Each DPS spec has cooldowns to increase damage, for 20-40s at a time. When is the best time to use them? A well-known saying applies: early and often. One caveat applies: many fights have specific phases where the boss takes extra damage or you need to pull off some burst damage. Some examples of this are XT, Emalon, Razorscale, hard-mode AoI (Steelbreaker does crazy things!), and the list probably goes on to bosses I have yet to experience. In these instances, save your cooldowns or at least time them so they’ll be up at the important times. In other fights, like Ignis and Kologarn, the fight is fairly constant and the more you use your cooldowns the more damage you’ll do.

The hardest cooldown to manage and use properly is Army of the Dead. There are places where it shines, doing about 100,000 damage if allowed to DPS one target without being distracted by shiny adds or AoE’d down by a brisk gust of wind. AotD ghouls will also taunt any non-boss (mobs that don’t have a skull where their level should be) thing in the area. As a result, you won’t want to use AotD on Ignis because of the importance of the OTs and dragging constructs around. On the other hand, Razorscale is the perfect fight to use army for these reasons:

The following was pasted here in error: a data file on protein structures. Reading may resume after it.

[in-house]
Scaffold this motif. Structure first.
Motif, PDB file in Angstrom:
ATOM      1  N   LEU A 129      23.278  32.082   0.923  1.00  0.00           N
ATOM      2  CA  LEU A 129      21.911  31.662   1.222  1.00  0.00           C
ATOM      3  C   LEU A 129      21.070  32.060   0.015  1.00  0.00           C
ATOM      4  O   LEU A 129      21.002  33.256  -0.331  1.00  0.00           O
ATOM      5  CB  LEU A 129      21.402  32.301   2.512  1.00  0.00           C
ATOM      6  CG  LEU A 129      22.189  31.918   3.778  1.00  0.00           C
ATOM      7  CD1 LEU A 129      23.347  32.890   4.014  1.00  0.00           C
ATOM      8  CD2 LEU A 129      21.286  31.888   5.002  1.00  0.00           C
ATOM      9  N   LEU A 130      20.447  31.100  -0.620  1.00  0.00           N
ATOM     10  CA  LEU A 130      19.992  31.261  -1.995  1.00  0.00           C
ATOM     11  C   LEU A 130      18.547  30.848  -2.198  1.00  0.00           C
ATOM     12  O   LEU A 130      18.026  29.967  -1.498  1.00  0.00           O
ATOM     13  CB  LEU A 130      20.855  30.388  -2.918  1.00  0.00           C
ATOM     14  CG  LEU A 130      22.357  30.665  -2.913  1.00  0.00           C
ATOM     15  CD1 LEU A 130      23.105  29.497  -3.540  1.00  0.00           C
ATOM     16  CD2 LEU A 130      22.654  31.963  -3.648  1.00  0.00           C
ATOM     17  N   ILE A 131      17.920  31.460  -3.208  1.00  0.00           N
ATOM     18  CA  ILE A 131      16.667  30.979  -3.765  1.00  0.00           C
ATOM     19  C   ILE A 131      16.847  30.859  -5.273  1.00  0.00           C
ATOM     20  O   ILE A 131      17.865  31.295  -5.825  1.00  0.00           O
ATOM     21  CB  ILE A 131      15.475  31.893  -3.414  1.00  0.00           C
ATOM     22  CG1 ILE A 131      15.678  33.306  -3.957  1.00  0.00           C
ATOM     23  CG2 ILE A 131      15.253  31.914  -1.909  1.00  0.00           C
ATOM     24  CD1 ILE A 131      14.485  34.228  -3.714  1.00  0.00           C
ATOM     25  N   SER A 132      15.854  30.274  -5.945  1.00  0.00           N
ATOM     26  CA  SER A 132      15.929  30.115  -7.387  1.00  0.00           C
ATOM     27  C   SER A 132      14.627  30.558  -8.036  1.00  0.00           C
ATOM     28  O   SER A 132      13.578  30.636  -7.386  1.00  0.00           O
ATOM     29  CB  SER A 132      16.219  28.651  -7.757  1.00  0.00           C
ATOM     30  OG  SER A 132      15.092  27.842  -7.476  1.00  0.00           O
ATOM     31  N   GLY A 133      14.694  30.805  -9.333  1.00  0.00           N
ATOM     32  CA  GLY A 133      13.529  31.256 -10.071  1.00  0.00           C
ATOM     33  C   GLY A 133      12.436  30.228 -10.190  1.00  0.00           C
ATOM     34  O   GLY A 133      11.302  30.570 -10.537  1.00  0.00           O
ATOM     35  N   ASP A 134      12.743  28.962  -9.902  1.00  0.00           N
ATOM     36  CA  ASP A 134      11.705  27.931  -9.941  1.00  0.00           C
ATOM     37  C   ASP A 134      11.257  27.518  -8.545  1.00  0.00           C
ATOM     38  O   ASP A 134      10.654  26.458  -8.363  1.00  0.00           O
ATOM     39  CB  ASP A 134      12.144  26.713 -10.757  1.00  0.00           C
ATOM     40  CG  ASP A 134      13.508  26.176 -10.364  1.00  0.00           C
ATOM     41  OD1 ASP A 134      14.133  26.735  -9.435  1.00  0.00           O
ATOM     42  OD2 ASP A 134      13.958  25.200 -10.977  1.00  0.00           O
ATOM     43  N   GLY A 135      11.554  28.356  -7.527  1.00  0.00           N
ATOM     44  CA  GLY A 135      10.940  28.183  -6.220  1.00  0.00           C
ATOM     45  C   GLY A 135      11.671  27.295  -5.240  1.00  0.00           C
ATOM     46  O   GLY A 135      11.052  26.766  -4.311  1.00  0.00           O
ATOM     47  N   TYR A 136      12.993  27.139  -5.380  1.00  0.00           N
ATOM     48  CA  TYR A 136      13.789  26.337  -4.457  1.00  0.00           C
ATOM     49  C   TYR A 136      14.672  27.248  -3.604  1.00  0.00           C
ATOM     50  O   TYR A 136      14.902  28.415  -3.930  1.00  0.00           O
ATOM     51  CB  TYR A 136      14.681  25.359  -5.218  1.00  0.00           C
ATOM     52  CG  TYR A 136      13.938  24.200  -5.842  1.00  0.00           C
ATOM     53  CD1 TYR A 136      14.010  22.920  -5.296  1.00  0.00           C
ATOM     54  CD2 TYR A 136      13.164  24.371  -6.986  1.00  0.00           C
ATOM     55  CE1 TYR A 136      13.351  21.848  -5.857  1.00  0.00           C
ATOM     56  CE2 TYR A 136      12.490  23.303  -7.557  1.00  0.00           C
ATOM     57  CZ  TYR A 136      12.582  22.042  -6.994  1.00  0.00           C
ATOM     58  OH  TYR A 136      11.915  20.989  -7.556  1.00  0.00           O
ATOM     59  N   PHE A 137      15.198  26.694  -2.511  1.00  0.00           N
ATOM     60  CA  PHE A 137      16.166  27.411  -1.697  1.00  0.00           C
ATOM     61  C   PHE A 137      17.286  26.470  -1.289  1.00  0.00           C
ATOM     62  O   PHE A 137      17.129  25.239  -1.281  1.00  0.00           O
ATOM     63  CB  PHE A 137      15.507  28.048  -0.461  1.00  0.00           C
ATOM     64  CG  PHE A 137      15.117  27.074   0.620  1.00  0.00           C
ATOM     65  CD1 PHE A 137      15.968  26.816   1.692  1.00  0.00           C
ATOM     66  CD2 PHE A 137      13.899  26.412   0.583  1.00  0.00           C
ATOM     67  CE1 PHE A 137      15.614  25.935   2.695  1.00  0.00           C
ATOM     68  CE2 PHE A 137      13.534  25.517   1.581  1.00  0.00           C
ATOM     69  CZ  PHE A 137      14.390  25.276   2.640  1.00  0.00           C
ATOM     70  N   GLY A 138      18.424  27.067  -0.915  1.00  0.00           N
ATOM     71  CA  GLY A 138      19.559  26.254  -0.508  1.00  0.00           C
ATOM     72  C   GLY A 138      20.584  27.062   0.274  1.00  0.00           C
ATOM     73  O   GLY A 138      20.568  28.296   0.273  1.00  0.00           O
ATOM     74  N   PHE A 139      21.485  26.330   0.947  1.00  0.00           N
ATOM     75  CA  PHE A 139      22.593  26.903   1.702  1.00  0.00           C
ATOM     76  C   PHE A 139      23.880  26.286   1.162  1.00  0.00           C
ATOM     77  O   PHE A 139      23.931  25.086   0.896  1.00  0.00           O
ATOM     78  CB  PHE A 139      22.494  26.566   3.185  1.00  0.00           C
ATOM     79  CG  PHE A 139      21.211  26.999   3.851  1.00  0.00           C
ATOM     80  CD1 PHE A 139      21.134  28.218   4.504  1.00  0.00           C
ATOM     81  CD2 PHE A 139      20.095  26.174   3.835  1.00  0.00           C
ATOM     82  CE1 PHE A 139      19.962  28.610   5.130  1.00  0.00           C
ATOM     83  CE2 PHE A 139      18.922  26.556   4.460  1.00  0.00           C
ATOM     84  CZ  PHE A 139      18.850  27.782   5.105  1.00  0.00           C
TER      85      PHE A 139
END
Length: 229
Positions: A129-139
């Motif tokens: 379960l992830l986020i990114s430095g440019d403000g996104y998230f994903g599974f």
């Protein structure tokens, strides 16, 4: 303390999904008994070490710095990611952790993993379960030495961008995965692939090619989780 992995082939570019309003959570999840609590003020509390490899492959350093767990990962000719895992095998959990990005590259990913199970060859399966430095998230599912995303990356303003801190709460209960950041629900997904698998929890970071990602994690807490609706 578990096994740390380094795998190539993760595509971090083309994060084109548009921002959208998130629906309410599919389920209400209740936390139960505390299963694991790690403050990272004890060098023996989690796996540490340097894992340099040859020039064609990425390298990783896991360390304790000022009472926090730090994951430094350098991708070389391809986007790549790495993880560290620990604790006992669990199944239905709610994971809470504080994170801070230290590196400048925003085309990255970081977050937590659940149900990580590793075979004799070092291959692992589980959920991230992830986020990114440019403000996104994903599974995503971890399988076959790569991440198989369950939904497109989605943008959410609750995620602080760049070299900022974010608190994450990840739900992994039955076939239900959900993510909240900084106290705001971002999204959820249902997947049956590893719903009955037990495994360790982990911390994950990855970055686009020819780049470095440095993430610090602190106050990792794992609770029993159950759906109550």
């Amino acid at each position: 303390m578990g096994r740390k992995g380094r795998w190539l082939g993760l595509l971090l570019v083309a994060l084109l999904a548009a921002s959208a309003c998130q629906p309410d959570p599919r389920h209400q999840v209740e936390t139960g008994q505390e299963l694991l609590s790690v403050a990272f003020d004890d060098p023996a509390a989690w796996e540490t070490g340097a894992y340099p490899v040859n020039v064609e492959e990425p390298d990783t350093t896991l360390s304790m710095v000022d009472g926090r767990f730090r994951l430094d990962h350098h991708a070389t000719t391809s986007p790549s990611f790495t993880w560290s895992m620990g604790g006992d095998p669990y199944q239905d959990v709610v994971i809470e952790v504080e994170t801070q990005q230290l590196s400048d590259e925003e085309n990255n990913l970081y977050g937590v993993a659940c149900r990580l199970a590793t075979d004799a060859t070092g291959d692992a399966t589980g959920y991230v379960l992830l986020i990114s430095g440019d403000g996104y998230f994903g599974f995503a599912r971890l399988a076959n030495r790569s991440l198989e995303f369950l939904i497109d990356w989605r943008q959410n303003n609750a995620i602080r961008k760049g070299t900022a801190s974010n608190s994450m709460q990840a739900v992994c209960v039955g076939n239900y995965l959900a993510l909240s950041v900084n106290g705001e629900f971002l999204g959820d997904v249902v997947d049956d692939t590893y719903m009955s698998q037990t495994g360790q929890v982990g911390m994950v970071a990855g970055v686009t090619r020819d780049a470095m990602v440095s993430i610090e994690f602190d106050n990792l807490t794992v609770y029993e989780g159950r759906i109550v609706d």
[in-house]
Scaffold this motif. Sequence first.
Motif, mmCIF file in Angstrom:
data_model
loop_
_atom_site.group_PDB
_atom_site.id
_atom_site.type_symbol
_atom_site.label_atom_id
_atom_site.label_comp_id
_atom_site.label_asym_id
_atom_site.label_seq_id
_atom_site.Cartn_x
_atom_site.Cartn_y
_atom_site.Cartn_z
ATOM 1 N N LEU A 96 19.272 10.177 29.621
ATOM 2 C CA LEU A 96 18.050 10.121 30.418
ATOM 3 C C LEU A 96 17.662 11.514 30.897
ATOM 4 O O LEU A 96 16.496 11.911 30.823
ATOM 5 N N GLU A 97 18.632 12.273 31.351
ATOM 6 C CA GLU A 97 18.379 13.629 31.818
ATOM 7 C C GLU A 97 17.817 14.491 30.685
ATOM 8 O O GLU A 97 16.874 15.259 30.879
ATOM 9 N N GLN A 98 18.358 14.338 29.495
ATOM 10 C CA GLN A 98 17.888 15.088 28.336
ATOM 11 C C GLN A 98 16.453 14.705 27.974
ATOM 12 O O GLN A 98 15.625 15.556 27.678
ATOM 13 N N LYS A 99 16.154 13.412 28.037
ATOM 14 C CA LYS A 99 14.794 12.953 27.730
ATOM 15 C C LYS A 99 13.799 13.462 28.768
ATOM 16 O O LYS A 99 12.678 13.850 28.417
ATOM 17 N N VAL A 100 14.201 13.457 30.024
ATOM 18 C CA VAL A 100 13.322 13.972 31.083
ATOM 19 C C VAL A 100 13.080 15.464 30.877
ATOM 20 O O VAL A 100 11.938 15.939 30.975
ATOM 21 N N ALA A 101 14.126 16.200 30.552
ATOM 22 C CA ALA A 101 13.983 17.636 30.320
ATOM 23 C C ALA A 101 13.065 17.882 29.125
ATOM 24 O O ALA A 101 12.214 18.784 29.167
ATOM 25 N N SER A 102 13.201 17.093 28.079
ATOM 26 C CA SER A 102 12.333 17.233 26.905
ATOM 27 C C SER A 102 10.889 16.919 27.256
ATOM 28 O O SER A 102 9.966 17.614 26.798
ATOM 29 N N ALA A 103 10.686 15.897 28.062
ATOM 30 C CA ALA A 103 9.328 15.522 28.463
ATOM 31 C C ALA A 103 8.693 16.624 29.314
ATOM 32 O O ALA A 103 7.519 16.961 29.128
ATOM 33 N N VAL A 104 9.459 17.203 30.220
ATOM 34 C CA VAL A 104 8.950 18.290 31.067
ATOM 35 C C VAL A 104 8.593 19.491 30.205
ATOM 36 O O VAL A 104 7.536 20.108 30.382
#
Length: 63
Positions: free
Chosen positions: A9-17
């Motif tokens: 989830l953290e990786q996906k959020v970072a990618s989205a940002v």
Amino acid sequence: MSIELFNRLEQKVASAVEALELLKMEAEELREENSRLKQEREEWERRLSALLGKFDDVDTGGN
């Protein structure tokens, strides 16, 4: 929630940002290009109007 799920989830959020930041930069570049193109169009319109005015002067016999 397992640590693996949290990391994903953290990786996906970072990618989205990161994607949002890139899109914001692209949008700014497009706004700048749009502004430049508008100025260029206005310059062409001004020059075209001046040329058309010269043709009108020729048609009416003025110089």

• You know in advance when you need an extra burst of DPS (landing at 50% or waiting for the final harpoon to be shot)
  • There are no (or very few) adds around during the DPS burst phases

Even if you’re DPSing, you should also remember your IBF as, in certain situations where you might take lots of physical damage (XT’s tantrums), it helps out your healers quite a bit. If you ever have to pinch tank, it’s good to pop your IBF to ease the transition (especially since you’ll already be taking extra damage from not being in tank gear/spec).

The hardest part of properly playing a Death Knight is to keep track of and efficiently use all of your resources. This goes for runes as well as cooldowns. Don’t get tunnel vision in either PvP or PvE, keep thinking, and you too can avoid being a Fail Knight.

Raiding Spotlight: Heroism

11 05 2009

Halp! When does I supposed to Heroism?

Halp! When does I supposed to Heroism?

Every once in a while, I’ll try to take a detailed look at a specific element of the raiding game. Today in the spotlight: Heroism.